WELLESLEY, Mass. - Wellesley College will honor three alumnae
Thursday, February 21, for the significant contributions
they have made to their respective fields of corporate governance,
literature, and law. Luella Gross Goldberg '58, Nayantara
Pandit Sahgal '47, and Patricia Williams '73 will receive
the College's Alumnae Achievement Awards for 2002 at a ceremony
in Alumnae Hall beginning at 6:00 pm. The event, which includes
an awards presentation and remarks by the honorees, is free
and open to the public.
Established in 1969, the Wellesley
College Alumnae Achievement Awards are given annually
to "alumnae of distinction who through their achievements
have brought honor to themselves and to Wellesley College."
The award winners serve as role models for students and
represent excellence in their respective fields. Past award
winners include Secretary of State Madeleine K. Albright
'59, foundation philanthropist Anna Faith Jones '54, and
journalists Linda Wertheimer '65 and Cokie Roberts '64.
Luella Gross Goldberg '58 has led a distinguished and pioneering
career as a corporate director and civic leader. This past
summer, she was named the first American to the Board of
Directors of the ING Group, the tenth largest publicly-traded
company worldwide. Goldberg's service as a corporate director
began in 1976, when she became the first female director
of insurance giant Northwestern National Life Insurance
Co. (now ReliaStar Financial Corp.). An expert in corporate
governance, finance, and public affairs, she is a respected
entity in the world of corporate leadership, and other major
corporations including TCF Financial Corporation, Communications
Systems, Inc., Hormel Foods Corporation, and Piper Funds,
tapped her for their boards, from the mid-1980s through
Goldberg's accomplishments in the business world are mirrored
by her devoted civic service. She is a life director of
the Minnesota Orchestral Association and has served on the
boards of Wellesley College (where she was acting president
in 1993), the University of Minnesota Foundation, St. John's
University, Carlson School of Management, Women's Economic
Alliance, and the United Way of Minneapolis, among others.
Her work has garnered many awards including the Governor's
Leadership Award for the State of Minnesota and the National
Conference of Christians and Jews Award for Distinguished
Humanitarian Service. In 1997, Golberg was named one of
Minnesota's three most influential women in business, and
her significant leadership has paved the way for younger
generations of women to serve in top-level positions in
Nayantara Pandit Sahgal '47 is one of India's premier postcolonial
novelists and political journalists. A former delegate to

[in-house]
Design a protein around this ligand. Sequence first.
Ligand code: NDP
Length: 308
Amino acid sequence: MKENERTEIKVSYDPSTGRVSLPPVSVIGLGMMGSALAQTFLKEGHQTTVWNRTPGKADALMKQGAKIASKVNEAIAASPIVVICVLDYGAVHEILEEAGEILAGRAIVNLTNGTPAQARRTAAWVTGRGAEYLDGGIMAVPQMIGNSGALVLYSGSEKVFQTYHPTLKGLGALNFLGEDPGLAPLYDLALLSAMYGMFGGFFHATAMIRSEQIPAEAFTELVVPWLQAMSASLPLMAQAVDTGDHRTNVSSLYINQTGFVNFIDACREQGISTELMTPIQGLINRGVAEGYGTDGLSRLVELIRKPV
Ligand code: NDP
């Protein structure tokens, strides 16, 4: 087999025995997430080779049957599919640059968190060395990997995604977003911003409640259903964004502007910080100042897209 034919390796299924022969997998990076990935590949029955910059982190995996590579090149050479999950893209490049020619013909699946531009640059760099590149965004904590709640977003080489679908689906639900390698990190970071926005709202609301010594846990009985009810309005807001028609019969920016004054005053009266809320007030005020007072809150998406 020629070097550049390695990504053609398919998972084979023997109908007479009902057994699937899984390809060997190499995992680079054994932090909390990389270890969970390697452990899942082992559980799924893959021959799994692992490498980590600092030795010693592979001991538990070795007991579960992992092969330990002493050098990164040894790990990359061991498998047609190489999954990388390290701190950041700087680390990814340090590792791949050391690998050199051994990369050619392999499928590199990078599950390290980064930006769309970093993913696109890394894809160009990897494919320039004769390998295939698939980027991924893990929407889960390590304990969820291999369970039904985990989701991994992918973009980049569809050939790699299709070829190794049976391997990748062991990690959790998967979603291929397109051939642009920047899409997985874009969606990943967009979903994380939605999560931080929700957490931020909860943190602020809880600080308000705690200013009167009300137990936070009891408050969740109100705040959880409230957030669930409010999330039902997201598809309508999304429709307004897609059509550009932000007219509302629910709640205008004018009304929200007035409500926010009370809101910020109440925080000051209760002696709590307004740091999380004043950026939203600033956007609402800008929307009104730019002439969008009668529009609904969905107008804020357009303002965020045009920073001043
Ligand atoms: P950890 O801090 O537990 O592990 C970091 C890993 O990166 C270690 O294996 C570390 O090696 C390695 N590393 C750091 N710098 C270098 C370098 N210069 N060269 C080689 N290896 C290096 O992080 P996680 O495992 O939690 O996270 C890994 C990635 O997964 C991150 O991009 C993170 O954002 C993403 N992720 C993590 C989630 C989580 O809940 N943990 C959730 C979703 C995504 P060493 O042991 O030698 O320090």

the U.N. General Assembly, she was born into a powerful
political family: her uncle was the first prime minister
and her mother India's first ambassador to the U.N. Her
closeness to India's postcolonial regime informs her work,
both fiction and non-fiction. Sahgal critically examines
India's sociopolitical culture since colonialism and creates
a groundbreaking voice for women's issues in that patriarchal
society. A vocal opponent of Indira Gandhi's "emergency"
in the late 1960s, Sahgal deals provocatively with issues
of sex, class, race, politics, and religion in her novels.
Her works include Prison and Chocolate Cake (1954),
A Time to Be Happy (1958), From Fear Set Free
(1962), Mistaken Identity (1988), Rich Like Us
(1985) and Indira Gandhi: Her Road to Power (1982).
An internationally-recognized writer, she has won numerous
awards, including a Honorary Doctor of Letters degree from
the University of Leeds in 1997, the Sinclair Fiction Prize
(for Rich Like Us), and the Commonwealth Writers'
Prize for Eurasia.
Patricia J. Williams '73 is a legal scholar and professor
of American law at Columbia University. Her books, including
The Alchemy of Race and Rights: A Diary of a Law Professor
(1991), The Rooster's Egg: On the Persistence of Prejudice
(1995), and Seeing a Color-Blind Future: The Paradox
of Race (1997), illustrate some of America's most complex
societal problems and challenge our ideas about cultural
constructs of race and gender.
Williams has garnered many awards, including a prestigious
2000 MacArthur Fellowship, with a stipend of $500,000 over
five years to support her continued intellectual studies.
Other honors include being named the first black woman to
give the Reith Lecture at the British Broadcasting Corporation
in 1997 and receiving the National Association of Black
Political Scientists Book Award in 1992. Williams graduated
from Harvard Law School in 1975 and served as deputy city
attorney in Los Angeles until 1978 and staff attorney for
the Western Center on Law and Poverty in Los Angeles from
1978-80. She has taught law at Golden Gate College (1980-84),
the City University of New York (1984-88), the Univeristy
of Wisconsin, Madison (1988-1993), and Columbia School of
Law, where she has been affiliated since 1991. She is also
a contributing editor and columnist for The Nation.